Almost half (42%) of the 450 respondents were legally single (in this survey defined as not married or legally divorced) and their decision to get married were hindered by brass-tacks matters led by residents’ preference to grow in their work first. In a competitive environment like the UAE, achieving career goals are likely to take many years especially when long-term investment targets are on the cards, causing a resident to delay marriage.
The survey showed that 100% of men are very likely or likely to be career-oriented while 95% of women are very likely or likely to be the same.
Trust also comes as a big factor. The transient nature of expat life in this country makes it hard for many to trust their instincts and their would-be partners. People come and go, so forming a long attachment is difficult (76%), and even if love blooms, the relationship is not free of suspicion about the chosen person’s background in his or her own country (80%).
Cultural difference was cited as a hindrance by 74%. Other reasons include less pressure from parents back home to settle with a spouse and kids.
A big majority felt that the UAE was a good place to arrive in as a couple, but not such an easy place for meeting someone and setting up home without the support of friends and family (66%). Living expenses, the uncertainty over a job and the linked residency visa also make it hard to take a big decision like getting married (54%).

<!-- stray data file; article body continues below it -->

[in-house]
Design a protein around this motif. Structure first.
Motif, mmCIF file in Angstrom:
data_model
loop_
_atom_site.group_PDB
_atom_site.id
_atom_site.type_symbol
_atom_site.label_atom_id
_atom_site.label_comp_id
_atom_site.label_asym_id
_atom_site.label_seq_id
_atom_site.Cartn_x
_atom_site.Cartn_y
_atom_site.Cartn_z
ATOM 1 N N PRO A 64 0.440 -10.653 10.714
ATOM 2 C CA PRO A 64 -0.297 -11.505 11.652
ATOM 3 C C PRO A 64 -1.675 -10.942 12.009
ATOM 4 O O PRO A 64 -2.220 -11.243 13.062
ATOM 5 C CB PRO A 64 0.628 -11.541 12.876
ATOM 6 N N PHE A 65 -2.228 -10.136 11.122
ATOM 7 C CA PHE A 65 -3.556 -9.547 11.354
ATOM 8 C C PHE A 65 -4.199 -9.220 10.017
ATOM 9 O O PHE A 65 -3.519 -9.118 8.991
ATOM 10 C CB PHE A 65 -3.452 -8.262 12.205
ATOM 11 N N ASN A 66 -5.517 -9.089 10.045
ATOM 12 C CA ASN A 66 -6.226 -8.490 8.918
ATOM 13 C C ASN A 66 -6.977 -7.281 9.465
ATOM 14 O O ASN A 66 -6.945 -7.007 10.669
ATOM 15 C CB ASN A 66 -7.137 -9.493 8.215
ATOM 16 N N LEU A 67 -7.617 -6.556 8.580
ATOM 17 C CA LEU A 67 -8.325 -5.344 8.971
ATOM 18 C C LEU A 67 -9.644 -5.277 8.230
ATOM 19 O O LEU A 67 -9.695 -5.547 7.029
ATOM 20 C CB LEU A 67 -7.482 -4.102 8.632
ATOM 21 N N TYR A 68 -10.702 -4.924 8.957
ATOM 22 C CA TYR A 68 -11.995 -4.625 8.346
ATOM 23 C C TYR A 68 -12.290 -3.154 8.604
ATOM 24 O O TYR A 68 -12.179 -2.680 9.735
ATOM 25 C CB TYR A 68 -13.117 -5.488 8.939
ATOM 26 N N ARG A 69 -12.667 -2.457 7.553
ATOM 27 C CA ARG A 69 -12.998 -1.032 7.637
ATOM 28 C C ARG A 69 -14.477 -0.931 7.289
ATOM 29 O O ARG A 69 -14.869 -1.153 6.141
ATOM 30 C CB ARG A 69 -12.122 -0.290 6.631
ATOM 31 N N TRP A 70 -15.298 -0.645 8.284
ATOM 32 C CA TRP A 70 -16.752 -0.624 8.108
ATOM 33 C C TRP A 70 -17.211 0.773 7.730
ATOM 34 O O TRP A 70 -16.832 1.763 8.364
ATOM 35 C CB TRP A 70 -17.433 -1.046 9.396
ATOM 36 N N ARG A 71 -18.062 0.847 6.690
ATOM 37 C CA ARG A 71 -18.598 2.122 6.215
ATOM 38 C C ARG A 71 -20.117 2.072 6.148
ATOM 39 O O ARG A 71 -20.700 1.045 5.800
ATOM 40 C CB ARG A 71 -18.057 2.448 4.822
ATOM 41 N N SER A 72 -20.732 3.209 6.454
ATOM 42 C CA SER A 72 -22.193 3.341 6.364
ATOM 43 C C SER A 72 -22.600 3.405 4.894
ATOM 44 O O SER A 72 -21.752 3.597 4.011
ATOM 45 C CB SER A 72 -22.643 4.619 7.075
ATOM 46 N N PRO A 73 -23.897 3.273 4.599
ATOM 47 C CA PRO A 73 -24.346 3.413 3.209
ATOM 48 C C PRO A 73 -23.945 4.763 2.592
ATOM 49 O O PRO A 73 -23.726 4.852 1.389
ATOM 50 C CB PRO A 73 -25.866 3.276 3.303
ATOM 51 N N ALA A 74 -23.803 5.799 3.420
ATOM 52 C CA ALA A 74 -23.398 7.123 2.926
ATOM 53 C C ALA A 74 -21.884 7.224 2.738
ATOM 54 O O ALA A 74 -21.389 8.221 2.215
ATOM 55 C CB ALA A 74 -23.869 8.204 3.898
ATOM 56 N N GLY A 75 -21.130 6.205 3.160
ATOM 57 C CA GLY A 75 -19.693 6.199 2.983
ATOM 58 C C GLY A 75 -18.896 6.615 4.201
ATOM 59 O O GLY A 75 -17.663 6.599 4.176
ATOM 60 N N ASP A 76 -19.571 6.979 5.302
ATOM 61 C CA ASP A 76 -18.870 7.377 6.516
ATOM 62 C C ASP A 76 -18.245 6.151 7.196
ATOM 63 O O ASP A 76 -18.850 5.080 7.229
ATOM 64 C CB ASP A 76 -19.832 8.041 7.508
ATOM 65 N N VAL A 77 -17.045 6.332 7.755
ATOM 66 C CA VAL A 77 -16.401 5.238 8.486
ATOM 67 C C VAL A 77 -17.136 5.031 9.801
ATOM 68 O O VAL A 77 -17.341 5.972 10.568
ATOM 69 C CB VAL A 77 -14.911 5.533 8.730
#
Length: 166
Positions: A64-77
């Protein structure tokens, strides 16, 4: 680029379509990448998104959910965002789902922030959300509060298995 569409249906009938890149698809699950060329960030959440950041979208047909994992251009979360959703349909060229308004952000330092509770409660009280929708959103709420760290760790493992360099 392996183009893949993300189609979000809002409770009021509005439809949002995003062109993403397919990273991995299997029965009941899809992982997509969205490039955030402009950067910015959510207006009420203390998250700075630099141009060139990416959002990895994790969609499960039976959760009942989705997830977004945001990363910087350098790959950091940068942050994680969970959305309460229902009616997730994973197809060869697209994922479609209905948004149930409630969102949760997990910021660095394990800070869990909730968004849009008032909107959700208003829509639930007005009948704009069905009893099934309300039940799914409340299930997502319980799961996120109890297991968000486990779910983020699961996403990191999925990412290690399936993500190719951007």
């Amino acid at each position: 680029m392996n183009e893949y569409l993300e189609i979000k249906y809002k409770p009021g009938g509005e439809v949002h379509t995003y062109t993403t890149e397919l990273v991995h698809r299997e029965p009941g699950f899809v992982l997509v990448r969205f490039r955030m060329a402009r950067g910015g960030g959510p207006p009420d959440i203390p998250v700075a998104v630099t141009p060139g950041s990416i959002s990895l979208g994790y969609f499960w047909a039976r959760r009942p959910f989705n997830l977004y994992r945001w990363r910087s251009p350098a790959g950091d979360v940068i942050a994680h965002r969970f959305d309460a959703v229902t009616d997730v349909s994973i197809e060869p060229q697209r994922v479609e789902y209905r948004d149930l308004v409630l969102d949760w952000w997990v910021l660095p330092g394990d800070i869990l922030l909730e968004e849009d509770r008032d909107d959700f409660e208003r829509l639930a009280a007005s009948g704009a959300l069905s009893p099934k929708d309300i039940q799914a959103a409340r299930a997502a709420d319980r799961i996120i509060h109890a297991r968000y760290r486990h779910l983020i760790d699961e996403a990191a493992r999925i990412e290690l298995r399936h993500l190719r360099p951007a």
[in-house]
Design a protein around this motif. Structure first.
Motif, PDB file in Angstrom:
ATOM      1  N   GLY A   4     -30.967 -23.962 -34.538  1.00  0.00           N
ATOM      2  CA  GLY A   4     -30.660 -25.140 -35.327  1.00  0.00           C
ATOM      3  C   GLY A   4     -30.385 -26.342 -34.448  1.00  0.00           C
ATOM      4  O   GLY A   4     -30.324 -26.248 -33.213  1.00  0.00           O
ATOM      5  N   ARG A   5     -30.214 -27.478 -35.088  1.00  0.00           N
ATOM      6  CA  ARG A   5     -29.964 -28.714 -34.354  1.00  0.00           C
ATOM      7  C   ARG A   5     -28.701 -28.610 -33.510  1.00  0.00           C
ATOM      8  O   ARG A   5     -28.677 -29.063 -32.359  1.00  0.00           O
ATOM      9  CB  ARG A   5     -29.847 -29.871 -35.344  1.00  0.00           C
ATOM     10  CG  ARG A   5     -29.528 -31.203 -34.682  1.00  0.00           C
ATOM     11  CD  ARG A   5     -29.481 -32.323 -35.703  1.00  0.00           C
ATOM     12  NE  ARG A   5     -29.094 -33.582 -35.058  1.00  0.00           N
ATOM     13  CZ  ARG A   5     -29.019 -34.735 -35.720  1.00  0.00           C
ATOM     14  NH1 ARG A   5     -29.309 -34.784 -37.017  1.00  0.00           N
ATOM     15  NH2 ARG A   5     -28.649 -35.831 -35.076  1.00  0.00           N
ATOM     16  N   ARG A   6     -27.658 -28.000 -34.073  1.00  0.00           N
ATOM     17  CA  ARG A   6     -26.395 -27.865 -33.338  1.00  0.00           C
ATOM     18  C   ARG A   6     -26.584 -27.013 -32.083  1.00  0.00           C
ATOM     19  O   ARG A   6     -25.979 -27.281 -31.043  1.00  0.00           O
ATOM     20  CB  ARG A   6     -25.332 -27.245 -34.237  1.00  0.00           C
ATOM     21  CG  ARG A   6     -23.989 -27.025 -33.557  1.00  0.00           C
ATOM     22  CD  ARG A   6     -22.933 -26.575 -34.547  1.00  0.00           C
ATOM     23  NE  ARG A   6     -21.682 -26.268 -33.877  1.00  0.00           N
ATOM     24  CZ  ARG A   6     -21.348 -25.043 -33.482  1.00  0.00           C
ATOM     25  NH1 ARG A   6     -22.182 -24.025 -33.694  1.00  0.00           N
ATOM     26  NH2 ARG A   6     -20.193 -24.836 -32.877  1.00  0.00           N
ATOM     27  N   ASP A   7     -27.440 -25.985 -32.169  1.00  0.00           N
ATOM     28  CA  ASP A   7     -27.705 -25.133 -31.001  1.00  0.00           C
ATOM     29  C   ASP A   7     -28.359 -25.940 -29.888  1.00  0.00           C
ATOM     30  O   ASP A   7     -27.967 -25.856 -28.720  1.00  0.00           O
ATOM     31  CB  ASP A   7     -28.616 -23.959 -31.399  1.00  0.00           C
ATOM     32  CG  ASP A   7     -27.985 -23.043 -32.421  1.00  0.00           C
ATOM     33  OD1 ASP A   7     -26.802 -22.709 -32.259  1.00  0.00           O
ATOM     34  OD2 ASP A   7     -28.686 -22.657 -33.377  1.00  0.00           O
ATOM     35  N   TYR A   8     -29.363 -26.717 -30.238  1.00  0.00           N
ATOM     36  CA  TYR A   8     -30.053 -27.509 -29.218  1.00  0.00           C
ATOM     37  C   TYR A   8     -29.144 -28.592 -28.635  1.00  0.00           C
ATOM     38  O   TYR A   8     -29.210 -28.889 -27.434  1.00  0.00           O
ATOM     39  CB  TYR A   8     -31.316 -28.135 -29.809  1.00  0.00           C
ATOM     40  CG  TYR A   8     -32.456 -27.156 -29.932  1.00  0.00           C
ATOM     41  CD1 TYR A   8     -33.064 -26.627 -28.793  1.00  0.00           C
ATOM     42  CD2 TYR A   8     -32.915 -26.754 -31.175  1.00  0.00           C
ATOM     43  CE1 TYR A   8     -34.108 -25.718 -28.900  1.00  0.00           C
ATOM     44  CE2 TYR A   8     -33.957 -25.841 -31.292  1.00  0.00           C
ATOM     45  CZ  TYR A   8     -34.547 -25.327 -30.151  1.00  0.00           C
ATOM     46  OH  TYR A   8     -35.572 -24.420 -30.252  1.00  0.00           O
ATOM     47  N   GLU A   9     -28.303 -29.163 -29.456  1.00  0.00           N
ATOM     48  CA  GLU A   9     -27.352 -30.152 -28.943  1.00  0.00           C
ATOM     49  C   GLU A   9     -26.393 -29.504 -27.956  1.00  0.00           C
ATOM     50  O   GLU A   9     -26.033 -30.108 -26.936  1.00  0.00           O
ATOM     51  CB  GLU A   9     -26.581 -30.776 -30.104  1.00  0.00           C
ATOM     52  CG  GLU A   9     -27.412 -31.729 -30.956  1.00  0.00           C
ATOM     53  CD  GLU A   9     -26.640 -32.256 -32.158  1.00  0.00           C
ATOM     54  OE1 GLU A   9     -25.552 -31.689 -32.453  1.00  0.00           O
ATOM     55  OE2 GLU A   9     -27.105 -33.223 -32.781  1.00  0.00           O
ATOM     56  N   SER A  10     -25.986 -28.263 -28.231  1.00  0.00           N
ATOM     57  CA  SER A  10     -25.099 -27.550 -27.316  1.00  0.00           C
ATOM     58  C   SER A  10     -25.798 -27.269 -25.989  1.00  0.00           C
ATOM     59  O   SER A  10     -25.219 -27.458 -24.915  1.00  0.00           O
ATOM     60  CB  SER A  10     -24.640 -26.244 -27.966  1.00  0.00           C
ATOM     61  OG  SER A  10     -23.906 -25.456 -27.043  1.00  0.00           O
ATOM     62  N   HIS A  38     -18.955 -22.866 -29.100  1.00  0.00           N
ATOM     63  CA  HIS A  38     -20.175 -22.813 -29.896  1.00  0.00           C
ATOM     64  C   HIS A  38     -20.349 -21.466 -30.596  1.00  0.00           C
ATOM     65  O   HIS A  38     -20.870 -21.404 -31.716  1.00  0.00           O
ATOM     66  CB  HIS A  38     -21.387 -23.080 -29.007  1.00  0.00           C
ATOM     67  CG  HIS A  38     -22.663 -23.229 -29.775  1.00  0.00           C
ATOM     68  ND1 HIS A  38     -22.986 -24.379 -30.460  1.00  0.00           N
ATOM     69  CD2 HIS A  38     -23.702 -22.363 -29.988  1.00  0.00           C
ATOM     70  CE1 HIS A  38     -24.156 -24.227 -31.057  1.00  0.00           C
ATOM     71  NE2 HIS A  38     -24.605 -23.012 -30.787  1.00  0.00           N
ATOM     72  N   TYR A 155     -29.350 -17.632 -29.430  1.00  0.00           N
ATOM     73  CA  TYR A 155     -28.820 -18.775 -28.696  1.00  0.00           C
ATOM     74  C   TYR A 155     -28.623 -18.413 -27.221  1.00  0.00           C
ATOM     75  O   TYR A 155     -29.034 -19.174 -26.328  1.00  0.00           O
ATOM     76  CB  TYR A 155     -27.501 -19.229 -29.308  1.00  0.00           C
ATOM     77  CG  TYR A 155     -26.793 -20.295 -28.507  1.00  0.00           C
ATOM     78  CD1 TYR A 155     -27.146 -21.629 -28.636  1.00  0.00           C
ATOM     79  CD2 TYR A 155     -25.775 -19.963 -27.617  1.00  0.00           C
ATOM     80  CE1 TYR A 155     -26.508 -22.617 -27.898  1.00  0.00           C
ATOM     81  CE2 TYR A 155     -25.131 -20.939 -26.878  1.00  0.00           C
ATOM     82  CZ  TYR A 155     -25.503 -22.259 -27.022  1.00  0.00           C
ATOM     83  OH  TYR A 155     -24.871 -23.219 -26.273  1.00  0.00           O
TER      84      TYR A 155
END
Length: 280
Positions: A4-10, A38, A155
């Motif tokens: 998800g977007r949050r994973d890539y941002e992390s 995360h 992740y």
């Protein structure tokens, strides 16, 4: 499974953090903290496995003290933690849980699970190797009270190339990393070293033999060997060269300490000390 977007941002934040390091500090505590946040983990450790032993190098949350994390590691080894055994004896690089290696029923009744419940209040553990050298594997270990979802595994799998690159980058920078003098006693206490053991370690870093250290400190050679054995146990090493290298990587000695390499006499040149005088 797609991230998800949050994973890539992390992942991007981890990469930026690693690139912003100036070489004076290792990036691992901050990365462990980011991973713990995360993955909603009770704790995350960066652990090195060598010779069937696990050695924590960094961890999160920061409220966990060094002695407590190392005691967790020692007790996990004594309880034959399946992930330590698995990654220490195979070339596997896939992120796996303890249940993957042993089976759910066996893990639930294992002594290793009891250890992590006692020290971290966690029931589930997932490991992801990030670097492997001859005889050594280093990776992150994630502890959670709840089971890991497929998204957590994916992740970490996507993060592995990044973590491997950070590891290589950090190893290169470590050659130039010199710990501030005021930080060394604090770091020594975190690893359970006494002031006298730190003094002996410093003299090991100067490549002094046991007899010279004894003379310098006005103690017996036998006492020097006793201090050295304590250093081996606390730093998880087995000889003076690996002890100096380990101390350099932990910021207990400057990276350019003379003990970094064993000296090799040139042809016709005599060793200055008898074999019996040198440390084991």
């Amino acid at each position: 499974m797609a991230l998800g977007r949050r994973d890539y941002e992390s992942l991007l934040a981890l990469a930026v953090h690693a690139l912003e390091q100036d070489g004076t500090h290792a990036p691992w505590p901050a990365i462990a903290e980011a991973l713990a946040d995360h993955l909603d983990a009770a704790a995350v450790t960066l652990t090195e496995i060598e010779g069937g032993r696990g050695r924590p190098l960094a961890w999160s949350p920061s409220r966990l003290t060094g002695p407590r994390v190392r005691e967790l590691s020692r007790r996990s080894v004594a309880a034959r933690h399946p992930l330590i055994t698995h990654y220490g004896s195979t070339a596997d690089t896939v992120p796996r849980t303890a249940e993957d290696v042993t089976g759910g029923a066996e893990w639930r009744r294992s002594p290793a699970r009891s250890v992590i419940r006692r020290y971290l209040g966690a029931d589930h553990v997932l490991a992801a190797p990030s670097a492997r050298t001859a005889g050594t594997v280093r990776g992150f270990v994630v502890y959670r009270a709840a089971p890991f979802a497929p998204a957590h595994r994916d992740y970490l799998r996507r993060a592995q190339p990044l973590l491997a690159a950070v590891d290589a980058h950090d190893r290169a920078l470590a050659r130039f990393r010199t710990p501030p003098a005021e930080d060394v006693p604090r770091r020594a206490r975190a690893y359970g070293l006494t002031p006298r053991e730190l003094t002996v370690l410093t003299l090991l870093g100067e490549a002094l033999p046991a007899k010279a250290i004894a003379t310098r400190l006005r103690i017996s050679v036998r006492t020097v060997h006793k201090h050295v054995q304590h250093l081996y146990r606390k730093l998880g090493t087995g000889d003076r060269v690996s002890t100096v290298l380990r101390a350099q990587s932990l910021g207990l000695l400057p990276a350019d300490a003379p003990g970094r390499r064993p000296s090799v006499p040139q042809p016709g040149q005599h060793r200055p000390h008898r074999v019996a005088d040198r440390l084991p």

In addition, more single women are now coming to the UAE, in their independent capacity. Gail Livingstone-Potter, editor of the website Expatwoman.com, said, “In the past, it was typical for women to move here as a trailing spouse following a husband’s job, usually at a fairly senior level and aged mid-thirties and above. Now many more women are coming here for their own careers and at younger ages. We see that a lot of the single women to experience living abroad and they are independent and want to have successful careers. If they meet their husband-to-be along the way, that’s a bonus!”
A surprise finding of the survey was that 60% of the respondents felt the UAE trend of older singles did not mirror a worldwide trend. That puts the country in a category of its own, one in which a person can have almost everything except a life partner.
Lt. Colonel Awadh Saleh Al Kindi, Editor-in-Chief of 999, said, “More and more residents are delaying marriage probably to pursue career ambitions. In this country, going by what the respondents have told us, it is possible to build a career, create wealth, make friends, live a good life and do many other things. In the July issue of 999 we explored the variety of reasons why expats are finding it difficult to find ‘the one’. Yet solo or not, it only proves that the UAE is a great place to live and we encourage everyone to be proactive in helping us maintain this healthy co-existence.”
The 999 English Magazine is a part of the strategic plan of the Ministry of Interior to provide media coverage for the activities and efforts of the Ministry and Abu Dhabi Police. It also aims to encourage the public to contribute to the reduction of crime and enhancement of safety in the UAE.
Wednesday, July 10- 2013 @ 11:49 UAE local time (GMT+4) Replication or redistribution in whole or in part is expressly prohibited without the prior written consent of Mediaquest FZ LLC.